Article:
By Gwenifer Raymond
“Uncloudy Day” is an 1879 gospel song by the Reverend Josiah Kelley Alwood, who was inspired by the sight of a rainbow, backed by an enormous black nimbus cloud in an otherwise clear sky, greeting him on the final leg of a long homeward-bound journey. It has been covered by many performers, including the Staple Singers, Willie Nelson, Johnny Cash, and Doc Watson, to name but a few, and here we’re going to talk about John Fahey’s instrumental interpretation for solo steel-string guitar.
My own relationship with Fahey’s music began when, after many years of playing guitar with grunge and punk outfits, I fell into a deep hole of early American blues and folk music. Inspired by players like Mississippi John Hurt, I began to study the alternating-thumb method of fingerpicking, and it was during that period that I first heard a Fahey record. With that came the realization of how fantastically capable of emotionally intelligent, articulate, and surreal musical expression a solo guitar could be, and it changed the course of my own playing.
Fahey, who died in 2001 at 61, was similarly preoccupied with that old weird American sound (in fact, he wrote his master’s thesis on the music of Charley Patton) and his playing draws strong influence from those traditions. That said, Fahey was much more than an adept mimic. He incorporated minimalism, repetition, and dissonance to create avant-garde soundscapes, at once both beautiful and discomfiting, uncannily channeling his own perhaps difficult personality into notes on string.
Fahey’s version of “Uncloudy Day” was originally released on his 1959 debut, Blind Joe Death. He self-recorded and produced the album (becoming one of the first independent artists to do so), funding it by pumping gas, and with a $300 loan from an Episcopal minister. Only 100 copies were made in its original run (pressed onto custom 78s via the Fonotone label run by friend and legendary record collector Joe Bussard), some of which were sent to academics and folklorists, and others secreted into the racks of record stores and Goodwill bins. Despite it having made no impression on the general American public at the time, Blind Joe Death has since been deemed by the Library of Congress to be “culturally, historically, or aesthetically important.”
Sitting in the middle of this album is “Uncloudy Day,” a quintessentially Fahey arrangement. The core melody is traditional, but a compulsive focus on repetition and tone, along with a restrained use of discordant transitions, imbues it with a transgressive sense of unease that is typical of the guitarist’s best work. Fahey starts with his guitar tuned to open D7 (D A D F# A C), and plays a series of natural harmonics at the 12th, seventh, and fifth frets, tied together by militarily rhythmic monotone plucks of the low D string. At this point the track is not really recognizable to an unfamiliar listener as a gospel number, and when Fahey begins to retune his top string, it might even sound like some strange outtake of a recording gone wrong.
The maneuver is slick, however, and Fahey navigates the transition from open D7 to open D (D A D F# A D) and into the opening riff of the new segment with practiced ease. This transition of tunings poses the first real obstacle for a player studying this song. Using a scant few plucks for guidance, you need to train your ear to swiftly and accurately tune the top string from C to D (you’re tuning a string to the root note of the tune, which makes life a little easier). It’s also important that any guiding plucks are played reasonably in time with the preceding bar, blending them into the tune.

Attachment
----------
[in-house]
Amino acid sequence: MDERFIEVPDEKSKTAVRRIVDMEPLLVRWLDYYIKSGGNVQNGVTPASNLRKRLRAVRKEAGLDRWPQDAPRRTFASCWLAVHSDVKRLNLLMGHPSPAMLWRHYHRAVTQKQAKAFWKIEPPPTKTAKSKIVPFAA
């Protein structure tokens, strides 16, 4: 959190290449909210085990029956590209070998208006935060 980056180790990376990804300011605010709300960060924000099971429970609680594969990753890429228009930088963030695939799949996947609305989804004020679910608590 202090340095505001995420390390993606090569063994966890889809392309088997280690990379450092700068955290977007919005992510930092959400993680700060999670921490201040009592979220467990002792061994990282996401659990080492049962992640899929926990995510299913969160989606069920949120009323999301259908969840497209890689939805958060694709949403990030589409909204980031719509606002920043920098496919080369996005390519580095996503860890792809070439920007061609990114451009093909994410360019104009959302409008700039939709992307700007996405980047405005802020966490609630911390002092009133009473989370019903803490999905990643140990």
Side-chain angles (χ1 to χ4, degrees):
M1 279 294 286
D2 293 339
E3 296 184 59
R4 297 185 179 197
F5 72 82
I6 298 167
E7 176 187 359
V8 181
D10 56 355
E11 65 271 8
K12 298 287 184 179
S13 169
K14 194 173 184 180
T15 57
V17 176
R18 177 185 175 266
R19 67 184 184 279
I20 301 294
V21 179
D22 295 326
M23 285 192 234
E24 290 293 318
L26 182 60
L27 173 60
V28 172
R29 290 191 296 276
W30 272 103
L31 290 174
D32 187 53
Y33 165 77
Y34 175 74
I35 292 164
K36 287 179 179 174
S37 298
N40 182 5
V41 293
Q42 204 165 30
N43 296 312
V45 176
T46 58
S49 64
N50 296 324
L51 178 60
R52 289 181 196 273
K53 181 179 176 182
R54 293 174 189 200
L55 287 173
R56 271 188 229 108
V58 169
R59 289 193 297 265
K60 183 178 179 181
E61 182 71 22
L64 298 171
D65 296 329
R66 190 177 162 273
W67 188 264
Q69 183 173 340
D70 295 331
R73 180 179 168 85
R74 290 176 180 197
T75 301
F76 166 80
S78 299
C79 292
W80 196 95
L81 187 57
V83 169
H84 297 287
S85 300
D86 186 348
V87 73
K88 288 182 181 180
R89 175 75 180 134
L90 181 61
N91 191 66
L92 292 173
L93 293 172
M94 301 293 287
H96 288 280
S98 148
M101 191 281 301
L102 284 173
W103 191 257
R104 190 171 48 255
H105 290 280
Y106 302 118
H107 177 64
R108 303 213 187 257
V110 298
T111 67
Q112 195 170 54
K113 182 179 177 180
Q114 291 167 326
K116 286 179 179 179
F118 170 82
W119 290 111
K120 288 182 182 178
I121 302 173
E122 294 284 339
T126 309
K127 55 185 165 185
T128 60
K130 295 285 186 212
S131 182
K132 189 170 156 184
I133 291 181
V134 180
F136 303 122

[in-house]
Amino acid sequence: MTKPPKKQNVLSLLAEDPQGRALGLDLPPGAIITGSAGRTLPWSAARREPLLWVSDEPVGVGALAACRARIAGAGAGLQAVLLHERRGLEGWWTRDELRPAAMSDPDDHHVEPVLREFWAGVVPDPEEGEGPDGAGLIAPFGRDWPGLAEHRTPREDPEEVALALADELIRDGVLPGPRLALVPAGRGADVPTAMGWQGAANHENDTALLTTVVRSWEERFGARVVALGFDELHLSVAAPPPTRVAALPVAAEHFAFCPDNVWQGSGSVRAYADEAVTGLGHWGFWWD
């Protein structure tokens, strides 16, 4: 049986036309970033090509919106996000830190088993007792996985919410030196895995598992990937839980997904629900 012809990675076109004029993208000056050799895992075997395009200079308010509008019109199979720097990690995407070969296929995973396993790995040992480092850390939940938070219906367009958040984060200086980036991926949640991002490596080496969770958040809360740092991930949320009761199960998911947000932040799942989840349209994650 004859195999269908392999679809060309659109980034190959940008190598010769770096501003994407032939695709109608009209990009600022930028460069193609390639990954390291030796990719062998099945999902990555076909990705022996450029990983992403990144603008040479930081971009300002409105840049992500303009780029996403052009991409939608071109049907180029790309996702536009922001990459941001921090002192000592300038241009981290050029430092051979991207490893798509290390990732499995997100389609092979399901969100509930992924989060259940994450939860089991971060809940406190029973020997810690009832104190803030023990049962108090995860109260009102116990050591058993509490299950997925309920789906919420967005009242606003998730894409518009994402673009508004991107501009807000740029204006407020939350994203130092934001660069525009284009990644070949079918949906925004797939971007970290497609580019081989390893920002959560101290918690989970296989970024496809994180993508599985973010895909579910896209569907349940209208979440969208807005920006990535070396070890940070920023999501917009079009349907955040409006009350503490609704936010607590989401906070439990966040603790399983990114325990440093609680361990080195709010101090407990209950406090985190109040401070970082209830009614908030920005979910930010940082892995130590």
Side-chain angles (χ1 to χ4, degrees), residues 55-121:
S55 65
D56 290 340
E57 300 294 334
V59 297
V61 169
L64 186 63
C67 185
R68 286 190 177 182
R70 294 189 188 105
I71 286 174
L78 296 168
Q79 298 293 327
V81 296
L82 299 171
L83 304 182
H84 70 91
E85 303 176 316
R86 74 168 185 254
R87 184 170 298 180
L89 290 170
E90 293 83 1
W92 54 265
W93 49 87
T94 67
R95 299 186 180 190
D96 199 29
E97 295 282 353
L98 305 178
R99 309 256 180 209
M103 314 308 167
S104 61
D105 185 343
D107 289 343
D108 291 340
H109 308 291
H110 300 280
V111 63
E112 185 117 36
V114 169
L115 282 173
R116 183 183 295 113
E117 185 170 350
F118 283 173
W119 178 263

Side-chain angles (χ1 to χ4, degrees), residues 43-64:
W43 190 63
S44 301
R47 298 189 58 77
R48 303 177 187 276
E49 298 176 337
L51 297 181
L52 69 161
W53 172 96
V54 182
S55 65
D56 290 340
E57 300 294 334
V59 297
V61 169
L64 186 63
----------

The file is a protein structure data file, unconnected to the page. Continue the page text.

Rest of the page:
Fingerpicking in Waltz Time
The main portion of the song has a bass line that requires the alternating thumb, a technique fundamental to most of Fahey’s compositions, and one that is important to master. This is best achieved by starting slowly, playing only the bass notes (those on the bottom three strings), and repeating until your thumb becomes an autonomous entity, acting on its own volition.
This tune is played in 3/4 or waltz time, which complicates things a little, as alternating thumb is most commonly employed in 4/4 (or common time), where the thumb will move mostly between two sets of bass notes. In waltz time, the thumb plays one bass note on beat 1 and another on 2 and 3. The melody lines, usually situated on the top three strings, can then be picked with the index and middle fingers. (Some players use as many as all
of their fingers, but Fahey didn’t typically do this, nor do I.)
Classic bits of Fahey eccentricity are employed in bars 11, 23 and 43—bass-heavy chords that contain the flatted ninth (Gb), rubbing against the root (F). These moments of discord, along with the jaunty waltz timing of the piece, create the general sense of ill-ease that sits at the back of this song the whole way through.
Though he played the majority of “Uncloudy Day” with unwavering 3/4 alternating thumb, Fahey occasionally threw in an extra off-beat bass note at the end of a bar, as in measures 20 and 21. These moves, which might prove tricky to a newcomer, require the thumb to momentarily stray from its mechanical, repetitive action. But the off-beat notes aren’t strictly necessary to capture the essence of the piece. The core of the genius of Fahey’s music is its focus on mood and tone, and so those are the aspects most important to focus on. Everything else is dressing.
Gwenifer Raymond is a Welsh composer and multi-instrumentalist based in Brighton, England. Her latest album is You Never Were Much of a Dancer (Tompkins Square Records). gweniferraymond.com
This article originally appeared in the July/August 2020 issue of Acoustic Guitar magazine.
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